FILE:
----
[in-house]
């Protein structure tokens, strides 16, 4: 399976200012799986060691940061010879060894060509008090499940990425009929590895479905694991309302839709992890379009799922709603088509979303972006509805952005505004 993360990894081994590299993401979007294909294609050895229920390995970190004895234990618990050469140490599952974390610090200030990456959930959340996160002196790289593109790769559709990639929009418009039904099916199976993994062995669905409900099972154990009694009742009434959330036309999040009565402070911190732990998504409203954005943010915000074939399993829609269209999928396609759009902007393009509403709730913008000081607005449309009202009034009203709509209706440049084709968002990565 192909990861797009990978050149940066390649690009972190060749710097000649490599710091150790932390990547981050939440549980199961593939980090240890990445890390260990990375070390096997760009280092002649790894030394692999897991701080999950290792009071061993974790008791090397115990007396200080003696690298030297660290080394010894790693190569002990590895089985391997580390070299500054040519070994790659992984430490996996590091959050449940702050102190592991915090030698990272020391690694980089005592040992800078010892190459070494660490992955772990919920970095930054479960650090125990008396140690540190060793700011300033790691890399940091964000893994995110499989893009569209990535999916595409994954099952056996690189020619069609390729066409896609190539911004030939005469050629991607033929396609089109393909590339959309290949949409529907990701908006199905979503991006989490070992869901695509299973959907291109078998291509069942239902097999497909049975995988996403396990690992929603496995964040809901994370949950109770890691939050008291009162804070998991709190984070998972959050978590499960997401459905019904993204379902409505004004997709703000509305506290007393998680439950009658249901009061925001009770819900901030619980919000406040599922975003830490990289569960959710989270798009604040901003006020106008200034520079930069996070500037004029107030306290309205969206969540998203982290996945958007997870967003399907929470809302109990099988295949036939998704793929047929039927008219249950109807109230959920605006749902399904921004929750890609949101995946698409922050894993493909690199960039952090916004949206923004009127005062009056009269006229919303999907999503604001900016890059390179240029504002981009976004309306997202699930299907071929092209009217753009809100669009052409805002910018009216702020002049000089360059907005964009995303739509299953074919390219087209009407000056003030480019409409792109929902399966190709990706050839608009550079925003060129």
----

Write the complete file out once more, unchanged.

[in-house]
């Protein structure tokens, strides 16, 4: 399976200012799986060691940061010879060894060509008090499940990425009929590895479905694991309302839709992890379009799922709603088509979303972006509805952005505004 993360990894081994590299993401979007294909294609050895229920390995970190004895234990618990050469140490599952974390610090200030990456959930959340996160002196790289593109790769559709990639929009418009039904099916199976993994062995669905409900099972154990009694009742009434959330036309999040009565402070911190732990998504409203954005943010915000074939399993829609269209999928396609759009902007393009509403709730913008000081607005449309009202009034009203709509209706440049084709968002990565 192909990861797009990978050149940066390649690009972190060749710097000649490599710091150790932390990547981050939440549980199961593939980090240890990445890390260990990375070390096997760009280092002649790894030394692999897991701080999950290792009071061993974790008791090397115990007396200080003696690298030297660290080394010894790693190569002990590895089985391997580390070299500054040519070994790659992984430490996996590091959050449940702050102190592991915090030698990272020391690694980089005592040992800078010892190459070494660490992955772990919920970095930054479960650090125990008396140690540190060793700011300033790691890399940091964000893994995110499989893009569209990535999916595409994954099952056996690189020619069609390729066409896609190539911004030939005469050629991607033929396609089109393909590339959309290949949409529907990701908006199905979503991006989490070992869901695509299973959907291109078998291509069942239902097999497909049975995988996403396990690992929603496995964040809901994370949950109770890691939050008291009162804070998991709190984070998972959050978590499960997401459905019904993204379902409505004004997709703000509305506290007393998680439950009658249901009061925001009770819900901030619980919000406040599922975003830490990289569960959710989270798009604040901003006020106008200034520079930069996070500037004029107030306290309205969206969540998203982290996945958007997870967003399907929470809302109990099988295949036939998704793929047929039927008219249950109807109230959920605006749902399904921004929750890609949101995946698409922050894993493909690199960039952090916004949206923004009127005062009056009269006229919303999907999503604001900016890059390179240029504002981009976004309306997202699930299907071929092209009217753009809100669009052409805002910018009216702020002049000089360059907005964009995303739509299953074919390219087209009407000056003030480019409409792109929902399966190709990706050839608009550079925003060129």